There’s a rea­son peo­ple like me are needed through­out the US — peo­ple will­ing to adopt an older “special-​​needs” child as opposed to a more-​​or-​​less fresh-​​from-​​the-​​package infant.

Special needs is an unfor­tu­nate term to use, though, because of the ram­i­fi­ca­tions asso­ci­ated with the phrase spe­cial edu­ca­tion. The lat­ter gen­er­ally refers to pull­out edu­ca­tional pro­grams intended for developmentally-​​disadvantaged stu­dents, kids with diag­nos­able organic con­di­tions that put them behind their peers, usu­ally both aca­d­e­m­i­cally and socially, and gen­er­ally per­ma­nently. A much less polite term for such kids is retarded.

Special needs kids, though, in the adop­tion world, are basi­cally kids old enough to remem­ber a time before they came to live with their adop­tive parent/​s (with every­thing that implies). There’s often no other con­di­tion they have than this, but it’s enough to cause them to be defined as special-​​needs placements.

They almost cer­tainly have psy­cho­log­i­cal and emo­tional issues, yes; but these are not organic and likely can be over­come with a mix of ther­apy, pos­si­bly some short-​​term meds, and a con­sis­tent, sta­ble and lov­ing home life.

Where do these kids come from? Generally they’re taken from homes that are sim­ply unsuit­able for them. For instance, the young chil­dren of Jessica Botzko, who kept her sons locked into a two-​​by-​​two-​​foot dog cage when they mis­be­haved, and who may have used shock col­lars on them as well. She was sen­tenced to just below the max­i­mum (5 years) this week for her crimes.

Jessica Botzko, 28, apol­o­gized before the sen­tenc­ing, say­ing that her time spent in jail the past six months “has really opened my eyes to the pain I was my caus­ing children.”

I haven’t fol­lowed the case that closely — I didn’t have the stom­ach for it — but I gather that Ms. Botzko is actu­ally get­ting the idea that she did some­thing wrong, and that the state of Ohio made the right deci­sion in plac­ing her chil­dren else­where and in putting her in prison. To me, this feels a lot like progress.

This might not be the case with another mother, Chytoria Graham, who used her four-​​week-​​old son as a weapon in a fight with her boyfriend, swing­ing the boy like a club. The infant’s skull was frac­tured as a result. Her response to her con­vic­tion was not one of regret or reflec­tion; it reads a lot more like self-​​pity. She “fell into the fetal posi­tion“1 and then, appar­ently, into histrionics.

Oh my God,” Graham cried. “Oh my God, Oh my God. No, no, no.”

Yes, yes, yes.2 She faces a manda­tory min­i­mum five years in prison for her actions. Hopefully she’ll have some time to think about what she did, why it was wrong, and maybe even change her life to the point that it won’t hap­pen again.

Of course, given the way prison facil­ity qual­ity has been steadily declin­ing in the US, that might be a for­lorn hope.

But it’s not just kids being vic­tim­ized; some­times they plan to make vic­tims of oth­ers as well. Ms. Graham hails from Pennsylvania; so does the as-​​yet-​​unnamed 14-​​year-​​old boy who was busily accu­mu­lat­ing a weapons cache in his home, appar­ently intent on per­pe­trat­ing some level of violence.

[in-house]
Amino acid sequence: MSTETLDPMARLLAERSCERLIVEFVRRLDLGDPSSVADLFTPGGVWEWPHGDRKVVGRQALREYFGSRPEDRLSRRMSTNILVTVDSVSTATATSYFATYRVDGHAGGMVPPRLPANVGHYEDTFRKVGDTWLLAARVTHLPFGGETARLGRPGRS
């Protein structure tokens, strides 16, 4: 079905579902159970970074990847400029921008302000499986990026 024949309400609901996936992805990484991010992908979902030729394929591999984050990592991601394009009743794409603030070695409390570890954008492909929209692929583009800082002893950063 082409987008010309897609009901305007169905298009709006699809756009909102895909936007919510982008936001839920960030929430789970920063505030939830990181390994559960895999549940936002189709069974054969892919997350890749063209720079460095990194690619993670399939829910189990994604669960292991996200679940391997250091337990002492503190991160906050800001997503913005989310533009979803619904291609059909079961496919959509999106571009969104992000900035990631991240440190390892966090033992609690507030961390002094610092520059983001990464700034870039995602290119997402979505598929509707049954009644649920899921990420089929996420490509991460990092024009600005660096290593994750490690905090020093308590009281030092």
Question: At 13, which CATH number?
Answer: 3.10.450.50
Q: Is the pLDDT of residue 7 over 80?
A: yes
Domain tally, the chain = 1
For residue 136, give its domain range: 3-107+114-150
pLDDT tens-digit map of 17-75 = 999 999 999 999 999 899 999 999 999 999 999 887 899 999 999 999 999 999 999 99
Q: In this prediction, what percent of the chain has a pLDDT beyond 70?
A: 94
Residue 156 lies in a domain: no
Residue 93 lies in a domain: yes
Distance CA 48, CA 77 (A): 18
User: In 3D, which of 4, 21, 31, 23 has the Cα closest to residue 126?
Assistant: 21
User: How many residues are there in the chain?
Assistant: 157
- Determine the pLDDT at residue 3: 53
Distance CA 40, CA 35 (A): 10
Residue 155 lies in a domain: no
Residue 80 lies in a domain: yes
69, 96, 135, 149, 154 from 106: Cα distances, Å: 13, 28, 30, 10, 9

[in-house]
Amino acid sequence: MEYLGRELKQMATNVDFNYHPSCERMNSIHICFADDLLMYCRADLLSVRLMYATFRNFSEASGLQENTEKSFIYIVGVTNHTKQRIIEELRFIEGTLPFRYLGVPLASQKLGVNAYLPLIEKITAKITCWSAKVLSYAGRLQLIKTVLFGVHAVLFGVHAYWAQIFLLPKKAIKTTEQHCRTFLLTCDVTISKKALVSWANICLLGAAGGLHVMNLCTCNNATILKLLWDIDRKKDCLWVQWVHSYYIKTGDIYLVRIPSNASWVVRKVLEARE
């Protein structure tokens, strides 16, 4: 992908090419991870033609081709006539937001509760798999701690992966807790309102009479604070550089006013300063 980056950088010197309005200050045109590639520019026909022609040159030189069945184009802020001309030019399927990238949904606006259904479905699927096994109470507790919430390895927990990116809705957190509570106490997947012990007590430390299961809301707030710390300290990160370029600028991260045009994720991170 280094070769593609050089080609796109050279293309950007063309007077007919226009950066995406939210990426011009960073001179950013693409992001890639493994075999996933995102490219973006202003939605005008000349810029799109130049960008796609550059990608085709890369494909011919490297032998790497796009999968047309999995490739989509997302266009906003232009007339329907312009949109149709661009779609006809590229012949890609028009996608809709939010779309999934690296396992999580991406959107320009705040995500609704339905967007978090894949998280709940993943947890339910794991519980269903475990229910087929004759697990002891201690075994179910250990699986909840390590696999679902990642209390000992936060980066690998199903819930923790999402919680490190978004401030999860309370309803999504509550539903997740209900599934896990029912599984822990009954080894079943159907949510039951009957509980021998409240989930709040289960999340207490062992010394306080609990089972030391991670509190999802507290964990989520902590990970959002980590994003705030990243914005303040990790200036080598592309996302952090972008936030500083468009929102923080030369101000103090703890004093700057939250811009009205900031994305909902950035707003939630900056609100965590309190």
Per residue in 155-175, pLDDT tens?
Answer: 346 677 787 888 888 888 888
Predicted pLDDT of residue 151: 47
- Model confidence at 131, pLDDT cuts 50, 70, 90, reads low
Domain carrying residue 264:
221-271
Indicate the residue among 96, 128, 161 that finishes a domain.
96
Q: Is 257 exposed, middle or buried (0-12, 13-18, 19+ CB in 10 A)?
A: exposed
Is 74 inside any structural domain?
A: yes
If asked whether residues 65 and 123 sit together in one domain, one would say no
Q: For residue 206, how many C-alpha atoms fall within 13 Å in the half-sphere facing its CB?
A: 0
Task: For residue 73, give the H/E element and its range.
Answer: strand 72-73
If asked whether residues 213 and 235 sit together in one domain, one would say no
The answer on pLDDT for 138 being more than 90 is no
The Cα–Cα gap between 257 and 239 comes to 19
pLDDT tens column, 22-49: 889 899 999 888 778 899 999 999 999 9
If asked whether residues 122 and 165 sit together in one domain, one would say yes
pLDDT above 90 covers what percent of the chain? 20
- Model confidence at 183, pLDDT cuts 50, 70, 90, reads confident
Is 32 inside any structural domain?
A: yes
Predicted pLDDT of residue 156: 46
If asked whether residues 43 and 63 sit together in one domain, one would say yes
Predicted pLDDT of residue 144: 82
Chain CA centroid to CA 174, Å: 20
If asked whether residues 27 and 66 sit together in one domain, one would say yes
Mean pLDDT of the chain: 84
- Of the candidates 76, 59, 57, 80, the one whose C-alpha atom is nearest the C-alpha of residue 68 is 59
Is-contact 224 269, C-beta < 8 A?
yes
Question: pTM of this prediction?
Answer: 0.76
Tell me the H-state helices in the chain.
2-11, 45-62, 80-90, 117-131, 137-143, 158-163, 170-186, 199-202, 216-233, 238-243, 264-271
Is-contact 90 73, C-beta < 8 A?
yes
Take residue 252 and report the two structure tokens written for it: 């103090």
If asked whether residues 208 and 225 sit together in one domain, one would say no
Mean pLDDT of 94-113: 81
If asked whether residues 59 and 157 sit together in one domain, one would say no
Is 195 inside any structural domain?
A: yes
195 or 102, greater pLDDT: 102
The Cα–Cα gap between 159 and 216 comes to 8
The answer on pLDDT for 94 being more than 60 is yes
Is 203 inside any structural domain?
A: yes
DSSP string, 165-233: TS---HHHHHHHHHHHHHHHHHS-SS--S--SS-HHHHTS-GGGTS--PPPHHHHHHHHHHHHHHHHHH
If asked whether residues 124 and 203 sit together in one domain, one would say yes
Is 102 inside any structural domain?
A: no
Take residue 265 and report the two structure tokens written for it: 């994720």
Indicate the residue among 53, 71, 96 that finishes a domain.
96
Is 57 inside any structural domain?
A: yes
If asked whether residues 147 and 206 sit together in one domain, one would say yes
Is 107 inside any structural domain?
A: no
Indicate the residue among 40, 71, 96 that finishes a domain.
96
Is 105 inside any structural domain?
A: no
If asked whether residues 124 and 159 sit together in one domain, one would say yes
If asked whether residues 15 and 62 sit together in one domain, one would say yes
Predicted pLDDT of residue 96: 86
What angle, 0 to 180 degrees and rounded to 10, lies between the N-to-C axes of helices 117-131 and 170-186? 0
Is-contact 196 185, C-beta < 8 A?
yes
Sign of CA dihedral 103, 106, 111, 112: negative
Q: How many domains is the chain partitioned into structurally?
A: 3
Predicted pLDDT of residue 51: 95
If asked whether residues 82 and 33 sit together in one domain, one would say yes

The weapons included a 9mm assault rifle that the teenager’s mother had recently bought for him, Montgomery County District Attorney Bruce L. Castor Jr. said. Prosecutors are review­ing her actions.

Police also found about 30 air-​​powered guns, plus swords, knives, hand grenades, a bomb-​​making book, videos of the 1999 Columbine attack in Colorado and violence-​​filled note­books, Castor said. The weapons were plainly vis­i­ble in the boy’s bed­room, Castor said.

This one is actu­ally a bit harder for me to under­stand than the pre­vi­ous two sto­ries, which have to do mostly with extremely poor responses to stress­ful sit­u­a­tions in arguably-​​unbalanced adults.

But I find it extremely dif­fi­cult to believe that either of the boy’s par­ents could have been so obliv­i­ous that the idea he was assem­bling a stack of “plainly vis­i­ble” weapons, along with what is pre­sum­ably a high-​​powered semi­au­to­matic rifle, didn’t reg­is­ter as at least a small warn­ing sign that maybe the kid had some issues.

I’m sure that par­ent­ing is fraught with all sorts of poten­tial pit­falls. Being over­pro­tec­tive or dom­i­neer­ing is no bet­ter than being lax and dis­con­nected. Finding that cen­ter and walk­ing it all the time will be, with­out doubt, impos­si­ble; I’m sure there’ll be things I over­look and I’m sure I’ll find myself being too author­i­ta­tive from time to time.

But you can be pretty damn sure that if Yoshi ever asks me to buy him a semi­au­to­matic assault-​​style rifle, my answer will be absolute, def­i­nite and unchang­ing. There is no ratio­nal rea­son for a civil­ian adult to have such a weapon. To put one into the hands of a child is not only sense­less, but approach­ing indefensible.

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1. It’s tempt­ing to make a snide com­ment on her choice of posi­tions, but I won’t.

2. I real­ize I sound a bit cal­lous here. I am. She was drunk, and she used her own month-​​old child as a weapon in a brawl. It’s hard for me to work up a hell of a lot of sym­pa­thy for her right now.

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